[vc_row padding_top=”0px” padding_bottom=”0px”][vc_column fade_animation_offset=”45px” width=”1/1″ id=”” class=”post-content” style=””][text_output]Apologizing is rarely easy. In many cases, the words associated with apologies end as another cliche. You know, like, “How are you doing?” People ask but never wait for a response. Relationships of whatever kind will produce arguments. Both sides are insisting that they are right and the other is wrong. However, when the truth comes, apologizing is difficult, and it is rare to find a heart that is genuinely apologetic.
To genuinely feel remorse and apologize from our hearts demands that we understand how we have hurt the heart of the other party. More than being right or wrong, which is where we focus, it is more important to understand how what we did affects the other party. Without that focus, apologies are just words that cannot repair the hurt that our previous actions or words have caused.
We would eliminate most arguments if we could communicate effectively. Meaning, if we could transfer how we feel to another person, so they understood us clearly, we would rarely need to argue. However, our inability to transfer how we feel causes frustration, confrontation and anger. In the end, we have two parties; both are insisting their opinion and ignoring the others.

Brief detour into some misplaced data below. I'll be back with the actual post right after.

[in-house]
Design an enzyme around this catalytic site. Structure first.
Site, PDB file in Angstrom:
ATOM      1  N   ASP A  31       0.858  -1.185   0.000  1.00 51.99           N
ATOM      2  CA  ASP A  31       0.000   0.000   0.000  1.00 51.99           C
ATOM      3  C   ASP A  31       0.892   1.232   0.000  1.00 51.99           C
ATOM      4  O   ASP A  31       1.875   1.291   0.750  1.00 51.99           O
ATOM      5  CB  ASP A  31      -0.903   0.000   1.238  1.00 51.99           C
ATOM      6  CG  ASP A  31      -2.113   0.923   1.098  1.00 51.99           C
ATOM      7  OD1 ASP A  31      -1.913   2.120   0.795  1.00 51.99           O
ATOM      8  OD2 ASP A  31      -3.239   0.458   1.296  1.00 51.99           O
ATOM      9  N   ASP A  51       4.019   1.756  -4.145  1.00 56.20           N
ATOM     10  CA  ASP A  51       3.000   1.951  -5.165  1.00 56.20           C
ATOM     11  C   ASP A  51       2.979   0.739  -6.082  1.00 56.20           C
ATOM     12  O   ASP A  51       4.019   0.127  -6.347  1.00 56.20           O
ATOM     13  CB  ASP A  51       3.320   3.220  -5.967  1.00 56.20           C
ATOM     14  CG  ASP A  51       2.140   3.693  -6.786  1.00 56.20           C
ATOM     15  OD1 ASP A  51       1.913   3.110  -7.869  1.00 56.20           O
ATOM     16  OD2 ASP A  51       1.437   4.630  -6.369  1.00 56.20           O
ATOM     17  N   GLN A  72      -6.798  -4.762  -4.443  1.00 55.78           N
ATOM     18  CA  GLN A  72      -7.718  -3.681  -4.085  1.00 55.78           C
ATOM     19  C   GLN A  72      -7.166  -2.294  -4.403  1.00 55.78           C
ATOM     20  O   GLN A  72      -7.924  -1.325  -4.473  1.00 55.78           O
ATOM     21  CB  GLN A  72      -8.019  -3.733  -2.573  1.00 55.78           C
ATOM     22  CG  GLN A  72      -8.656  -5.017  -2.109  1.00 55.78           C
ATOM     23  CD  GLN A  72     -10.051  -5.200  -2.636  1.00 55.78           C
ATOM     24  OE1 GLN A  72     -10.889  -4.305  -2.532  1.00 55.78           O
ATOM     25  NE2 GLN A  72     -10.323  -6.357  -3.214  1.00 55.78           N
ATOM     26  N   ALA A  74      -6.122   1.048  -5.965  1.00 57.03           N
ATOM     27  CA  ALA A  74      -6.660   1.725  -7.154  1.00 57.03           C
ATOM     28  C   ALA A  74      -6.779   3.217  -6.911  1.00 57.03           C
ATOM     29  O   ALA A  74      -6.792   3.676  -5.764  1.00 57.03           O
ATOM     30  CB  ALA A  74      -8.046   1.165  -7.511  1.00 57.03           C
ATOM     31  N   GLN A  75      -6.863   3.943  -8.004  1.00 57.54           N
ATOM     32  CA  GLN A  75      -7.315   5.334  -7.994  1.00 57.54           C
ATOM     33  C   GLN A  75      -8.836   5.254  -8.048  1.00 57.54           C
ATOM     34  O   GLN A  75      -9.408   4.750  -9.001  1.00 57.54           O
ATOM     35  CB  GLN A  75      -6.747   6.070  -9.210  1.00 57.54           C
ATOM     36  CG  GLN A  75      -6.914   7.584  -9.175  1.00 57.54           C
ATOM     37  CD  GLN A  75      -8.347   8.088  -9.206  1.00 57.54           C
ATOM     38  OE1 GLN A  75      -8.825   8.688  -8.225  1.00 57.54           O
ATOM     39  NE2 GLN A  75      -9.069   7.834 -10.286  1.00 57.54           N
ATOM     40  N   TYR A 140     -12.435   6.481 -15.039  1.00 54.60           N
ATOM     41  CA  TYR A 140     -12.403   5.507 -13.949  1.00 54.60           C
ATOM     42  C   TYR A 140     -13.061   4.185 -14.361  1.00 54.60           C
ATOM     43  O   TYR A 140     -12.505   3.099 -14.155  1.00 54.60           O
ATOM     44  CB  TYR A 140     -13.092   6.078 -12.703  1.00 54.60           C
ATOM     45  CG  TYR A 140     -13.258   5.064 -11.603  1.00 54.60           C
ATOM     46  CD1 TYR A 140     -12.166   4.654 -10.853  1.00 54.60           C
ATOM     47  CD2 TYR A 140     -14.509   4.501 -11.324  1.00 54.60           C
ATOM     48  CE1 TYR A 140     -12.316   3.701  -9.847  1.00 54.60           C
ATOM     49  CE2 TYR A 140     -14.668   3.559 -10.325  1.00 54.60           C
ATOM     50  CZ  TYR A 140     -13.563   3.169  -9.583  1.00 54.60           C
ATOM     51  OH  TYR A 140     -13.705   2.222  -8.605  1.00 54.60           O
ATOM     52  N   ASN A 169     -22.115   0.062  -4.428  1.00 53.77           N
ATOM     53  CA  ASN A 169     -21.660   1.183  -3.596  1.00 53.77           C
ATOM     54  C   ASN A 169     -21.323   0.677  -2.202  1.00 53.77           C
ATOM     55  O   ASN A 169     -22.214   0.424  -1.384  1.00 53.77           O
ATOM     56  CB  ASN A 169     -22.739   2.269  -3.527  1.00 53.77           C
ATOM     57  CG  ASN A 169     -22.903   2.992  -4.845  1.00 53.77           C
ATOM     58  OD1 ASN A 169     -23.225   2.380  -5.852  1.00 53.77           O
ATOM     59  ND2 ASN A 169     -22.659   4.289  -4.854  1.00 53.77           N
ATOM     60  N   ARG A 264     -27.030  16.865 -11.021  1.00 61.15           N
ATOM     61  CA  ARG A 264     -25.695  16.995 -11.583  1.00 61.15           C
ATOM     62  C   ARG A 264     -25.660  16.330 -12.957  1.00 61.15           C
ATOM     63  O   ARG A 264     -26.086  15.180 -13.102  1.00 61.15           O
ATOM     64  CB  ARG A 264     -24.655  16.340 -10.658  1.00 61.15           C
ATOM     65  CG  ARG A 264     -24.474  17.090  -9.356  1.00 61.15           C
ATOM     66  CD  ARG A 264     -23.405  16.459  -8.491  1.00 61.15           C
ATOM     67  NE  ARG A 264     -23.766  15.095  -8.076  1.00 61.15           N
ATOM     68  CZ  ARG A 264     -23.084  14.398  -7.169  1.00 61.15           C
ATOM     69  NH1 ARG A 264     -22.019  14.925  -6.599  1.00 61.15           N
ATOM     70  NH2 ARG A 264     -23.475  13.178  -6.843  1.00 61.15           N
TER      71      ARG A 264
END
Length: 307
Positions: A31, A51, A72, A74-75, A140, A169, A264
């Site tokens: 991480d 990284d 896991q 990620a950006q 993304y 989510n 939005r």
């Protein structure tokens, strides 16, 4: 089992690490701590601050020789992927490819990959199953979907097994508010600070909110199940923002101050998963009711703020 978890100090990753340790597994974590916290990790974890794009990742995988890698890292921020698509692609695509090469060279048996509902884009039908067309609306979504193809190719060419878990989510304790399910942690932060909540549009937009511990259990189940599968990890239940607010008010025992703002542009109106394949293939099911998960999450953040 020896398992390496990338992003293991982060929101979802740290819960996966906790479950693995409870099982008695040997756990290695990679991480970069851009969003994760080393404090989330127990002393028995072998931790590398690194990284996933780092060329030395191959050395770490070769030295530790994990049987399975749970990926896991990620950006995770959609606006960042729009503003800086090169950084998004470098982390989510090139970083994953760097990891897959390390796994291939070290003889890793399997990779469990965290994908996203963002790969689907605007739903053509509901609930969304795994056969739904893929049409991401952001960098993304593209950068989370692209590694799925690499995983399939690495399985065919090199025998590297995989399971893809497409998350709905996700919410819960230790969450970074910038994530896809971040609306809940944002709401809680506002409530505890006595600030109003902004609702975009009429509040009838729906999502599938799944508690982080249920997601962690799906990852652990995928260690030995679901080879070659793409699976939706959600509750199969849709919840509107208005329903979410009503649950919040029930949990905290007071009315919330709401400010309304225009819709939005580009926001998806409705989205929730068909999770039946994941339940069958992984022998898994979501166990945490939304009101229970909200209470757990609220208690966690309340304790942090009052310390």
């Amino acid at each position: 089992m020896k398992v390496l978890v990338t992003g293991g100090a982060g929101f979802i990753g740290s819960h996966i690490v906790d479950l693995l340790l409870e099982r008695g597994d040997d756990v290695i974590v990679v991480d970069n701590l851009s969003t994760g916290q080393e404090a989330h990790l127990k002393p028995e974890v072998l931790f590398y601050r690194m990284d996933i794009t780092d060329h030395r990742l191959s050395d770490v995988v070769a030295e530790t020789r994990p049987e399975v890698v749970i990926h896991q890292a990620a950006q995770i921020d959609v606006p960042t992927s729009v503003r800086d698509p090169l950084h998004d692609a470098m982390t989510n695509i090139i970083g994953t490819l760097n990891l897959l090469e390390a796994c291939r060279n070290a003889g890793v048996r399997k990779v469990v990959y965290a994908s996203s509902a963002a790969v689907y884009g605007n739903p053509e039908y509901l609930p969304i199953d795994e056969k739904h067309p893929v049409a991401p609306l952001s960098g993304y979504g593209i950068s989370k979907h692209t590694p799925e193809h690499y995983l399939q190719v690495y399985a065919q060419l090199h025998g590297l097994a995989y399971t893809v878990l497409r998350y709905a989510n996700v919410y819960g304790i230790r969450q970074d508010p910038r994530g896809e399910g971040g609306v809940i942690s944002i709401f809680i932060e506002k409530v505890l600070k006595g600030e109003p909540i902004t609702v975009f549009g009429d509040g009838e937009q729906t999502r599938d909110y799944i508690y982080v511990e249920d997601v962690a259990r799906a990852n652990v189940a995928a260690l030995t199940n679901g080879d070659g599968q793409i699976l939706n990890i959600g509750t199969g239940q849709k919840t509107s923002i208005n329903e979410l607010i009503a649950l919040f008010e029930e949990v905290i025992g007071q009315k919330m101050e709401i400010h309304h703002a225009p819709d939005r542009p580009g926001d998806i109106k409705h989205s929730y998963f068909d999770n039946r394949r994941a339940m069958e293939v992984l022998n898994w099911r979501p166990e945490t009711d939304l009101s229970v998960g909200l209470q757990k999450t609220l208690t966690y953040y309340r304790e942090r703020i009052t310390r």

Being able to listen and identify why the other person is miserable is the key. Proper apologies come when we identify that the apology does not mean we are wrong or right. It is an acknowledgement of how the other person was affected. At that point, we can put down our defenses and just say, “I am sorry, I hurt or offended you.” The focus returns to resolving the issue.
“I am sorry!” These three simple words can be just that: words. They can also be instrumental in helping us to move away from heated arguments and understand the heart of the others. The key again is understanding that we are apologizing for how we have affected someone else. This offence clouds the issue and leads to arguments and wars. It then moves beyond the critical point to personalities and bruised egos.
So the next time you find yourself in a disagreement, rather than preparing your defense, use the time to listen and acknowledge the other person’s pain. You will see that these three words are magical and make even challenging difficulties easy to resolve.[/text_output][/vc_column][/vc_row][vc_row padding_top=”0px” padding_bottom=”0px”][vc_column fade_animation_offset=”45px” width=”1/1″][vc_raw_html]JTNDc3R5bGUlM0UlMEEuZW50cnktdGh1bWIlMjBpbWclMjAlN0IlMEElMjAlMjAlMjAlMjBtYXgtaGVpZ2h0JTNBJTIwNDAwcHglM0IlMEElN0QlMEElMEEucG9zdC1jb250ZW50JTIwJTdCJTBBJTIwJTIwJTIwJTIwdGV4dC1hbGlnbiUzQSUyMGp1c3RpZnklM0IlMEElMjAlMjAlMjAlMjB0ZXh0LWp1c3RpZnklM0ElMjBpbnRlci13b3JkJTNCJTBBJTdEJTBBJTNDJTJGc3R5bGUlM0U=[/vc_raw_html][/vc_column][/vc_row]